What is particularly interesting about UHI is the fact that so many of its courses are accessible whether you study at college, a learning centre or from home and this enables people to access higher education wherever they live and don't need to leave their community. They proudly claim that students have access to about 30 degree programmes within a 30 mile radius of home (distance to nearest learning centre or partner college). Not all courses are available everywhere but as many as possible. Students work from home and come to their learning centre and local college when necessary. All students have a personal academic tutor, usually based at their nearest college. Most courses have students who study from different locations and the boundaries between campus and distance (whatever that means) seem to have been erased.

The same applies for the teachers who can be based at a college or run their courses from small remote learning centres. We met one such teacher who teaches music and even runs week-long virtual music residencies from her base on the tiny island of Benbecula. The use of digital media is of course central to everything that UHI does. A Cisco video-conferencing system links all nodes in the network and UHI is biggest user of video conferencing in Europe. It is therefore essential for all staff to be proficient in using digital media.

For me the most interesting aspect of the university's work is its Learning and Teaching Academy (LTA) that supports the professional development of all teaching staff with a particular emphasis on the effective use of digital media. An integral part of their strategy is ALPINE (Accredited Learning, Professional development and Innovation in Education), a framework that offers professional development leading to official recognition in terms of fellowships of the UK Higher Education Academy (HEA). Staff are expected to first become associate fellows and then progress to full fellowships with the option of later becoming senior fellows. Qualification involves compiling a portfolio of learning resources, course plans and digital courseware with the amount and nature of evidence depending on the level of fellowship. Teachers are encouraged to create digital portfolios of their teaching material for recognition. The development of digital skills is integrated into all professional development but comes into focus in activities such as an annual Digital Education Week, mentorships and regular lunchtime webinars. In addition, there are seminar days involving student representatives and teaching staff to discuss for example implementation of learning analytics, course design, curriculum development etc.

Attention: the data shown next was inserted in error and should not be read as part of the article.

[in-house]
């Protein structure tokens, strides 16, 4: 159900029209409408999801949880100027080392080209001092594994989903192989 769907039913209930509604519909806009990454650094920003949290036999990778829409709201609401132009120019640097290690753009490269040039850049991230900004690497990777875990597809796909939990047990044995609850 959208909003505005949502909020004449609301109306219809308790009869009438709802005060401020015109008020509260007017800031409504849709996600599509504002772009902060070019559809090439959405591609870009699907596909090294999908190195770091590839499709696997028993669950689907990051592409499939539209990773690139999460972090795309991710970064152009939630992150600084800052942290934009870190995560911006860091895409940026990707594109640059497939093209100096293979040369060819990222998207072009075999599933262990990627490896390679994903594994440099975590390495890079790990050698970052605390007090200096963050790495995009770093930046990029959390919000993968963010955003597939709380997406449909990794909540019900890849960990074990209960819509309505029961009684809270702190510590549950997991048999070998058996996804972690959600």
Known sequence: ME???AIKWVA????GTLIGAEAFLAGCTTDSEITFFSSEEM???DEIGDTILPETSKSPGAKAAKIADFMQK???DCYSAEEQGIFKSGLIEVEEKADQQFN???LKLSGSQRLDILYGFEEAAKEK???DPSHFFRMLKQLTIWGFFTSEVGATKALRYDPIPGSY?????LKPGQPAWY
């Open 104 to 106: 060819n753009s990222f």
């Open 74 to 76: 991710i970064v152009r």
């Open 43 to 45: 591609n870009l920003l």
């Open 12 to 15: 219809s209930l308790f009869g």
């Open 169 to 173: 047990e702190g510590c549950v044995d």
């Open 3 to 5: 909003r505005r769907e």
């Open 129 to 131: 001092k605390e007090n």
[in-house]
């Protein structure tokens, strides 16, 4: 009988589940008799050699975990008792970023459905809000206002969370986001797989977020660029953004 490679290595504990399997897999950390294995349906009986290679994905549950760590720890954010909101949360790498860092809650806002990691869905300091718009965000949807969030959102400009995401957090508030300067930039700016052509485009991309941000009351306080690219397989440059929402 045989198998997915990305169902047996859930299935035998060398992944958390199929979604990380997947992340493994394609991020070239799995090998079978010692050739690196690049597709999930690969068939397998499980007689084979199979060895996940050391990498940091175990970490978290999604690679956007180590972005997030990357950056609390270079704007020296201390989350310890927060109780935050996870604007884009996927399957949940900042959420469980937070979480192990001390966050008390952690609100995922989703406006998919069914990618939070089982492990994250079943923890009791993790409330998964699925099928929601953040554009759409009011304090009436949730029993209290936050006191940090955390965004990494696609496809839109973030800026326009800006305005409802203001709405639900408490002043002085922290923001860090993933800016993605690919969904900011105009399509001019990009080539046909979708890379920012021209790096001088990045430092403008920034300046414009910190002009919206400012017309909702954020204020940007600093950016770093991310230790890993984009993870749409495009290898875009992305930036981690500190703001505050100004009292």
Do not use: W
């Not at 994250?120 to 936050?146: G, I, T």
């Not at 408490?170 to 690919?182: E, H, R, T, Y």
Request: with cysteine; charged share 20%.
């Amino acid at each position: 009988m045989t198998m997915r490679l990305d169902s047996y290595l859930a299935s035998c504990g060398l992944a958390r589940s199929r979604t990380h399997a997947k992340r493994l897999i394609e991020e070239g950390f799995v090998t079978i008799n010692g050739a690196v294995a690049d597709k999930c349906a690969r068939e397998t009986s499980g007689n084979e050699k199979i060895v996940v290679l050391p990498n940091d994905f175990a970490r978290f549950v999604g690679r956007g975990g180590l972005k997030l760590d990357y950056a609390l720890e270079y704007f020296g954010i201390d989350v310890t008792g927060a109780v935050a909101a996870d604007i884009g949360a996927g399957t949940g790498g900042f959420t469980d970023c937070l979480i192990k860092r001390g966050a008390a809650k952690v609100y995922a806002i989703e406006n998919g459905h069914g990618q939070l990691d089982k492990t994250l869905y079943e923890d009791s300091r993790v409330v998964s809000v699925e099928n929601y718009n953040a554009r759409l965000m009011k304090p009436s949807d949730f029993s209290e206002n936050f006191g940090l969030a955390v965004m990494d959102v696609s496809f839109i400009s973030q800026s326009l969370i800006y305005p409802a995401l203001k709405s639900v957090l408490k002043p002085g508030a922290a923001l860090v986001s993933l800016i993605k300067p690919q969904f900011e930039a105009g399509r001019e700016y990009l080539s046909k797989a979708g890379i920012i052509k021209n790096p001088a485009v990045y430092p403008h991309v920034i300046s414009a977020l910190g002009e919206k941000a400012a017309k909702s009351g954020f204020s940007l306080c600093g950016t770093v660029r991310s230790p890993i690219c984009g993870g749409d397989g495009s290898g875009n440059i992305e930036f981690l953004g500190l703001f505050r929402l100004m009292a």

Effective use of the learning management system (at present moving from Blackboard to Brightspace) is supported by their benchmarks for the use of technology in learning and teaching that maps teaching and learning criteria with functions in the LMS and offers best practice examples. This is done in terms of their 3E framework: enhance, extend and empower.

The benchmarks and associated guidance and exemplars defined and provided here are aligned with the university’s Learning and Teaching Enhancement Strategy, and will enable the embedding of the Learning and Teaching Enhancement Values in how we use the learning environment and other technologies to support learning, teaching and assessment.

Digital scholarship in terms of sharing scholarly practice and increasing research visibility is encouraged through schemes such as an annual fund to encourage research or study that must result in a paper submission to a journal as well as arranging a workshop or webinar. Three day writing retreats are arranged to help staff write their first scientific papers and this includes adjuncts and educational technologists.

Finally there is a clear strategy for openness, working towards a policy of open as default. A lot of course material is already open and they are planning to develop open textbooks and have joined the OERu partnership where they will offer open courses and validation of other partners' open courses.

I see a clear need for a model like this in Sweden, either by existing institutions in partnership or by a new institution. The key is that there is a university that focuses on providing inclusive and flexible higher education for all, no matter where they live, and sees "distance" as no object and the pedagogical use of digital media as default. The technology and methods already exist, what is often lacking is the will to change.

Finally my thanks to everyone at UHI for their hospitality and excellent discussions.

Wednesday, May 15, 2019

Offline digital resources - connecting the unconnected